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OSU students and faculty traveled to Zurich in March, representing the United States in the International Physicists' Tournament.

OSU Physics Team wins 6th at international tournament

Friday, May 3, 2024

Media Contact: Elizabeth Gosney | CAS Marketing and Communications Manager | 405-744-7497 |

A team of five students from Oklahoma State University’s Department of Physics traveled to Zurich in March to compete in the International Physicists’ Tournament, representing the United States as they placed sixth in the world. 

The 2024 OSU Physics Team consisted of students Brenden Martin, Nathan May, Nathan Rago, Nathan Ross and Jennie Russell, as well as Matthew Maxim from the University of Arizona.

The students were presented with 17 physics problems chosen by the IPT executive committee that revolved around mechanics, fluid dynamics, electricity and magnetism problems. 

“As team members, we choose a problem from the list that interests us. We then discuss our progress on our own, discussing ideas and experiments from literature and mental or physical roadblocks,” Rago said. “The keys to successful teamwork are open-mindedness, patience, and rationality. In solving these complex problems, more often than not, we become very passionate about our interpretation or research, even if it is misguided or wrong.”

The format of the tournament involves three positions in what’s called a “fight”: reporter, opposer and moderator. The opponent challenges the reporter with a physics problem, to which the reporter responds, and then the opponent critiques their solution. After the critique, the moderator facilitates a discussion between the two and aids in enhancing the solution. After the argument concludes, the teams are scored by the judges and the format repeats with the team’s rotating positions. 

The team collectively said that besides the complex questions, the most difficult aspect was managing stress.  

“It is essential to keep an open mind about each other's ideas, have patience for criticism, and be rational when talking to another team member about their problem,” Rago said. 

One of the team’s questions was called the “Bright Spot,” which required them to investigate how a bright spot can be created in the middle of a shadow of a spherical object when shined with a light. 

“Our team developed a solution using the mathematical principle of the evolute, where we trace out every point on the curve of the resultant shadow,” Ross said. “We then tested this by replicating Arago-Poisson's Dot experiment with differing shapes and seeing if the evolute principle holds. The solution utilized a lot of wave optics and mathematical principles.”

Between the fierce competition and urge to win, the team said the tournament’s environment was like no other.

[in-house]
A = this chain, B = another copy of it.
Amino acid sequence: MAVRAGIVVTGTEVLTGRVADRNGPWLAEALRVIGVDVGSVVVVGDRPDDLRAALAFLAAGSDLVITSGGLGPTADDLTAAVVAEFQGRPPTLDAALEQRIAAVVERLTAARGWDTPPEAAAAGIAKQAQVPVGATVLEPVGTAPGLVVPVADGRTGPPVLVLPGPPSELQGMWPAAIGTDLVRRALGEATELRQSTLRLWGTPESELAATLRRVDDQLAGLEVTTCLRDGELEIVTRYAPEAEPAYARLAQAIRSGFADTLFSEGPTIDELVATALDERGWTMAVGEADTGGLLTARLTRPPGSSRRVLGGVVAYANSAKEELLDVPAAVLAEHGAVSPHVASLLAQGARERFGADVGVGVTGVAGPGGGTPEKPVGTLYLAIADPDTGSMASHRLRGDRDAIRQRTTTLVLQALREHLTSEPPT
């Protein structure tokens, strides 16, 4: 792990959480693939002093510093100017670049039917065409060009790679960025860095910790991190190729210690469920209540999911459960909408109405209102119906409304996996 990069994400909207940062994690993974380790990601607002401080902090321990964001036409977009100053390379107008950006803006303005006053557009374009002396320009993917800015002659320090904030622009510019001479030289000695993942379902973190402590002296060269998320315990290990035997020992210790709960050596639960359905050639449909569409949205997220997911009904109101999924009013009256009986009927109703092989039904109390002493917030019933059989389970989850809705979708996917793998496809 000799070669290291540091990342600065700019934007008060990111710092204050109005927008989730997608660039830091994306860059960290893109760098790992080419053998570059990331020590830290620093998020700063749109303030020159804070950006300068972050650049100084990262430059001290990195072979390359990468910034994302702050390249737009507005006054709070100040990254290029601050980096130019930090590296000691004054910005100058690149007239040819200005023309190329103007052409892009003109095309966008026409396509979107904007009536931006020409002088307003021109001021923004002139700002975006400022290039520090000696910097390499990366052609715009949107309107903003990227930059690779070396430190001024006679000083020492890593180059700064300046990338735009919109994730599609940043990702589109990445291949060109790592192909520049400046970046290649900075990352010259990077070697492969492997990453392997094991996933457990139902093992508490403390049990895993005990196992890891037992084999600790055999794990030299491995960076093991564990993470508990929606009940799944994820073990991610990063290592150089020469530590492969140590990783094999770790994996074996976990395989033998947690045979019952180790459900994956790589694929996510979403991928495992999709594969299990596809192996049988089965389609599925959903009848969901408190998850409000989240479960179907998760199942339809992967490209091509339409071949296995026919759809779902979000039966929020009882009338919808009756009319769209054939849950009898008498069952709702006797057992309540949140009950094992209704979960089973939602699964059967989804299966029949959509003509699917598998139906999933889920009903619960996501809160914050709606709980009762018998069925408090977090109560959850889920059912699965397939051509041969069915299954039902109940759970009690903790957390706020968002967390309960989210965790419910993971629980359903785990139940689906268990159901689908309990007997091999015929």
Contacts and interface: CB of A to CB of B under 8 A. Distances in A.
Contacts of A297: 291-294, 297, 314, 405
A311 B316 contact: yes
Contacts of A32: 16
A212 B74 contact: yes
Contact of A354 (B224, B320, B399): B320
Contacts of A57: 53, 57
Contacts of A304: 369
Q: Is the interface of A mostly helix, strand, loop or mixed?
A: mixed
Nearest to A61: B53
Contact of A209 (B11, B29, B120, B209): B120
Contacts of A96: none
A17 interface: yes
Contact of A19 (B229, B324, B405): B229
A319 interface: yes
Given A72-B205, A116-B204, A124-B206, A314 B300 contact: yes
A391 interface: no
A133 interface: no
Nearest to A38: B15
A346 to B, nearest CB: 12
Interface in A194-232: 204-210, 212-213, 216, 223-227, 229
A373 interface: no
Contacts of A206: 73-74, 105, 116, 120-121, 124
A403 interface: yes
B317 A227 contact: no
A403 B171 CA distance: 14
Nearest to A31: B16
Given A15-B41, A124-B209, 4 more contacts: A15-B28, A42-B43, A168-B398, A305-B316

“You could tell in the build up to the semifinals how much everyone wanted to win, which made it that more intense,” Ross said. “We could tell early on how tough competing against the top universities would be, but we enjoyed the challenge and fared pretty well against the rest of the world.”

May explained that the time and effort it took to prepare for both the U.S. Physicists’ Tournament and International Physicists’ Tournament was comparable to enrolling in an additional college course.

“But there is no guarantee that the problem you prepared for will be chosen [during competition],” May said.

To ensure members got the chance to showcase the work they’d done through the previous two semesters, the OSU Physics Team hosted a mock fight for their peers in a condensed format after returning from Zurich.

“On top of that, one of the most frequent questions we get when advertising participation in the competition is, ‘What is a physics fight?’” May said. “So we saw this as a great opportunity to organize an event that would allow our members to present their hard work and give the Department of Physics and OSU science community alike the chance to see a glimpse into exactly what the IPT is all about."

The team said their reason for placing sixth in the world at ITP came from their unique blend of specialties. The team consisted of students majoring in physics, engineering and chemistry.

“I truly think we were among the most gifted teams competing. Everyone contributed some form of strength to the team,” Ross said. “These types of performances are what made us contenders. This wasn’t a one or two person team; all of our members were crucial to our success, along with our team leaders and other contributors.

To learn more about the International Physicists’ Tournament, click here. For more information about physics at OSU, visit the Department of Physics website.

Story By: Jade Dudley, CAS graduate assistant |

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